Sauteing onions for Kadinbudu Kofte (Lady's Thighs Meatballs)
During my recent trip to Turkey, I spent a day at the Istanbul Culinary Institute. At the outset, my intention was to share some stories and photographs with you, and encourage you to check it out the next time you're in Istanbul. Then yesterday, when I was thinking about why I started this website, something more meaningful came to my mind, and as I sorted through the photographs and the ideas I'd jotted down in my notebook that day, it became clear.
The most spirited images I had were the ones that showed how joyful this process is of learning to cook. The class was intimate, barely ten students, all women. There was laughter and focus. I even saw one little tear fall.
The setting was familiar — I too went to culinary school — but as I looked deeper, I saw that the setting was one we have all experienced; it is the kitchen. The warm, fragrant place where we make the food that feeds us, and if we're lucky, someone occasionally shows us the best way to peel an apple or dredge a piece of meat.
What this place really evoked in me is not an urge to encourage you to sign up for a class there (though if you are in Istanbul you must at least have a meal in their restaurant), but rather, a desire to talk about how we learn to cook.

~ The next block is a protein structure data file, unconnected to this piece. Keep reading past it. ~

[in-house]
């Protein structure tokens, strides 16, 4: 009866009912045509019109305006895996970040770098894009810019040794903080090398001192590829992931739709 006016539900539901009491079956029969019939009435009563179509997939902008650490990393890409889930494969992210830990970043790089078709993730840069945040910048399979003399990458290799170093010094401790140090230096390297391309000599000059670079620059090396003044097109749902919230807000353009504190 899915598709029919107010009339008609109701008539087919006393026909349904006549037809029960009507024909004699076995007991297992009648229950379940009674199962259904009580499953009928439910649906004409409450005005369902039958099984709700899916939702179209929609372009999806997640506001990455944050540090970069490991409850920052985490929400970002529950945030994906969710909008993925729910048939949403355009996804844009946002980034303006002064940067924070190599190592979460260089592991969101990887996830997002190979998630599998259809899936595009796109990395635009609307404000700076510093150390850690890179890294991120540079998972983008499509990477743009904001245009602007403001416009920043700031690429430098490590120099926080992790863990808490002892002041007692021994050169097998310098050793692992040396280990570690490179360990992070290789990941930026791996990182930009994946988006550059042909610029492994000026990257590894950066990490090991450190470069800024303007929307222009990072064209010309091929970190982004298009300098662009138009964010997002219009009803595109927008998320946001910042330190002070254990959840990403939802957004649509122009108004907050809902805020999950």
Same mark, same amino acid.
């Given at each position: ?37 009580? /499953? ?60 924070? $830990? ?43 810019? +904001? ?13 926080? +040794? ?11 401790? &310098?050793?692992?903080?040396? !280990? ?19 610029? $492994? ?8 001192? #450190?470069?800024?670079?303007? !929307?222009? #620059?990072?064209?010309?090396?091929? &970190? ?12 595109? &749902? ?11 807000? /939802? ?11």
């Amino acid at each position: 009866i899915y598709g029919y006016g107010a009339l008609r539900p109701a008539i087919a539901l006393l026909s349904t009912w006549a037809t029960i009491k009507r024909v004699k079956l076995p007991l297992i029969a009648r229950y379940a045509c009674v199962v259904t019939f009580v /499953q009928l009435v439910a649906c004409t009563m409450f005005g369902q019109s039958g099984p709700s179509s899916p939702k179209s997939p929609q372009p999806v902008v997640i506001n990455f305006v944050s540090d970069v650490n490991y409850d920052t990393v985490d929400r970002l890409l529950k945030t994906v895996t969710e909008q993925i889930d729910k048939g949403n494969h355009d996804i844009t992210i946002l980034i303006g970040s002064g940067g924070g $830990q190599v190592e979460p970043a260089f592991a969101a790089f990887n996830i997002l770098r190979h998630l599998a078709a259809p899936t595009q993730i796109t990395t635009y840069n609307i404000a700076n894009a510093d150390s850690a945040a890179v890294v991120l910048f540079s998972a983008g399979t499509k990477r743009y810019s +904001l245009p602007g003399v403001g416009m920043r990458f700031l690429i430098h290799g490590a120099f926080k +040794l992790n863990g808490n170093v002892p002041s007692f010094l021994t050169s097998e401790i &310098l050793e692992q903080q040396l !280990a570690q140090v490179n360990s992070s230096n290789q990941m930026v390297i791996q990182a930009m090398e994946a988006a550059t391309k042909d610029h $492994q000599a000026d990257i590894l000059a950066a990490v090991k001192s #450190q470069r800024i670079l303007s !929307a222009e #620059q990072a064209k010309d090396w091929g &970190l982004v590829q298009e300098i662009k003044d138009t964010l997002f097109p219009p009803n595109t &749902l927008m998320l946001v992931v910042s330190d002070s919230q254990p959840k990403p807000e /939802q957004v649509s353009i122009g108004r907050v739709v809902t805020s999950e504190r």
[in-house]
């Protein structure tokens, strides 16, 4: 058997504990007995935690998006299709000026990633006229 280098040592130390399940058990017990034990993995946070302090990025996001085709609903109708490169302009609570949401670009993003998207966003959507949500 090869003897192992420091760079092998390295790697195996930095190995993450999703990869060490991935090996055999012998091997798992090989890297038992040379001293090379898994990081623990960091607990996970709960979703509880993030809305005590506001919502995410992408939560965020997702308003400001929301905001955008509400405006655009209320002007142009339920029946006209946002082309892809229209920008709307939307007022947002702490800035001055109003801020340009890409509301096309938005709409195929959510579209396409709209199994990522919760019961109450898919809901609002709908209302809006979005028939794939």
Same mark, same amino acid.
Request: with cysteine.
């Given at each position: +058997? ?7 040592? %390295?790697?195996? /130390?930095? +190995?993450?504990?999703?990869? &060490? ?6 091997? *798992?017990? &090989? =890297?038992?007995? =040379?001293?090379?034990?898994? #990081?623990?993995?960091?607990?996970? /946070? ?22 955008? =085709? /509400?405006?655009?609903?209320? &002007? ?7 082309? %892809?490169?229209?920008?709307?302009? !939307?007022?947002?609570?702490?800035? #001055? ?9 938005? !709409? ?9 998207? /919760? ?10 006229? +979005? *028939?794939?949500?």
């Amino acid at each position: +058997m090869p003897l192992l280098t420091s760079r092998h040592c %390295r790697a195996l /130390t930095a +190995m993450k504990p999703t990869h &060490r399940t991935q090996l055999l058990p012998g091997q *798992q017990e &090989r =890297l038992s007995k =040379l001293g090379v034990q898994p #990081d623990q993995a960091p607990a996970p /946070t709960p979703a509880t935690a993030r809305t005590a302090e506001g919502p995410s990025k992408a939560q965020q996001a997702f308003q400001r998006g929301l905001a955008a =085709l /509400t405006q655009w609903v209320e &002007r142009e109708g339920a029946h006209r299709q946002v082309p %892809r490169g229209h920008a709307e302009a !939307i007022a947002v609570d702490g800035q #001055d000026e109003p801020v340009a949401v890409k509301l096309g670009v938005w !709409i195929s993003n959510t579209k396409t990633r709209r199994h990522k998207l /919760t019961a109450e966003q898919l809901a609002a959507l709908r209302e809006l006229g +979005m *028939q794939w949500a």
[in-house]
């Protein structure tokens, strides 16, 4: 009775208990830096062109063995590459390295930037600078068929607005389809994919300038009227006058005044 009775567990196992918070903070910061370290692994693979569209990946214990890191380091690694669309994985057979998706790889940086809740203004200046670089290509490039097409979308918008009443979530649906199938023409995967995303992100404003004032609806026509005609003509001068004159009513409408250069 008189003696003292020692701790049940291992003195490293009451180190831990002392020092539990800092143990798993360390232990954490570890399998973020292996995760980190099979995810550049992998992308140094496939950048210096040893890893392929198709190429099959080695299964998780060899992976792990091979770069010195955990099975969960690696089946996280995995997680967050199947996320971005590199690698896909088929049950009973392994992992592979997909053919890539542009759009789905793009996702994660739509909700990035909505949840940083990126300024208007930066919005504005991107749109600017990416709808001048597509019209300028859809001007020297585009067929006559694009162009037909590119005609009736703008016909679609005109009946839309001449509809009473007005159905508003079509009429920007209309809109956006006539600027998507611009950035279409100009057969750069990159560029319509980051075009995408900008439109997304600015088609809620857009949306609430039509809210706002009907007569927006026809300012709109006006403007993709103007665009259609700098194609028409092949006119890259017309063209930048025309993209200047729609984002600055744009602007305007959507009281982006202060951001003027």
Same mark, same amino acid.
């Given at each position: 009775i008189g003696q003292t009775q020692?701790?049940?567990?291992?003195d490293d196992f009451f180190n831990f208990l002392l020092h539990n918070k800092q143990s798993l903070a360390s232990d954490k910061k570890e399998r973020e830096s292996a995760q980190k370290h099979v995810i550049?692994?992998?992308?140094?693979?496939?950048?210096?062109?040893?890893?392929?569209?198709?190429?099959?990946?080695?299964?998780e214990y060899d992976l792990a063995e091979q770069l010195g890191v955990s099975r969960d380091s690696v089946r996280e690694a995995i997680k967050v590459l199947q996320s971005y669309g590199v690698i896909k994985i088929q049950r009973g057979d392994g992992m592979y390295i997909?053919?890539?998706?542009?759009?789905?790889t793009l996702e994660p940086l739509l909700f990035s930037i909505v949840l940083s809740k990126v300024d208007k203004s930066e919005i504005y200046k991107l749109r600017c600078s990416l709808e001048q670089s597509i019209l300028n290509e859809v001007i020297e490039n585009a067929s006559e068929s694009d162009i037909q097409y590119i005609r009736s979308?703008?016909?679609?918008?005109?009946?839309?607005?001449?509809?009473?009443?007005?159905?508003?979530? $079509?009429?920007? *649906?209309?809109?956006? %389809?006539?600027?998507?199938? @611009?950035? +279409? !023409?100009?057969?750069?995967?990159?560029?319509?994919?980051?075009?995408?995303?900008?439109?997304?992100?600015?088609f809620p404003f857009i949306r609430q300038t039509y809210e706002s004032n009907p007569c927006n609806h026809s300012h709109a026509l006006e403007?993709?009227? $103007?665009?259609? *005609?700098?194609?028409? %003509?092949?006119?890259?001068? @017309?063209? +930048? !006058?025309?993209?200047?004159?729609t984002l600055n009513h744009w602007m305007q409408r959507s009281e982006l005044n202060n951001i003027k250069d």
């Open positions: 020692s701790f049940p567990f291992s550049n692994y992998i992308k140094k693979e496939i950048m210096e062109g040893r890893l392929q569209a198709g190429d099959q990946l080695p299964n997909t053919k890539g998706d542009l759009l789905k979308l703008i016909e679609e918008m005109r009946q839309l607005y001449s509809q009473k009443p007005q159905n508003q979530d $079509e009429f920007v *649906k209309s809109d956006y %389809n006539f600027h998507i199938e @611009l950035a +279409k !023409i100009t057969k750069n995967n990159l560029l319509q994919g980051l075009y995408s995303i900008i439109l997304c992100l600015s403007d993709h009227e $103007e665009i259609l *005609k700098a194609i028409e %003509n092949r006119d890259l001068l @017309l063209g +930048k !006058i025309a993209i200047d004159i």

I bristle when I hear the term "self-taught cook" because while I know not everyone has attended culinary school, and that this may in fact be an advantage, no one learns to cook in isolation. It's impossible. Even if you cook for yourself only, you interact with your community; your grocer, farmer, the neighbor who smells it happening, the co-worker who watches you eat the leftovers.
When I think of all the places we learn to cook, the common denominator is community. Often it starts in our childhood kitchens. Grandparents are sometimes there, too. Then we make our way into adulthood figuring out how to fill our growing bellies. Then maybe we wise-up and start looking at the quality and quantity of our food. Maybe we take a class or two, start reading more cookbooks in bed, browsing online resources and subscribing to magazines.
The heart of the action happens when we cook with others, and that's the spirit I felt during my day at this school. It wasn't the terminology or the chef's coats that made it a learning experience. It was the way the women shared it together.
For those of you learning to cook at home, know that when you have someone to dinner, and you talk about the food, the learning grows exponentially. That's what happens when we gather together to eat.
I should note that I was especially excited to visit the Istanbul Culinary Institute because the intro came through one of our writers, Leela Cyd Ross (who wrote about her time at the Institute in the post she wrote as a try-out for the job) and because it promised to be a very local, tourist-free experience. And it was. So if you do find yourself in Istanbul, I encourage you to take one of their one-day classes, or at least have a meal in their restaurant.
(Images: Sara Kate Gillingham-Ryan)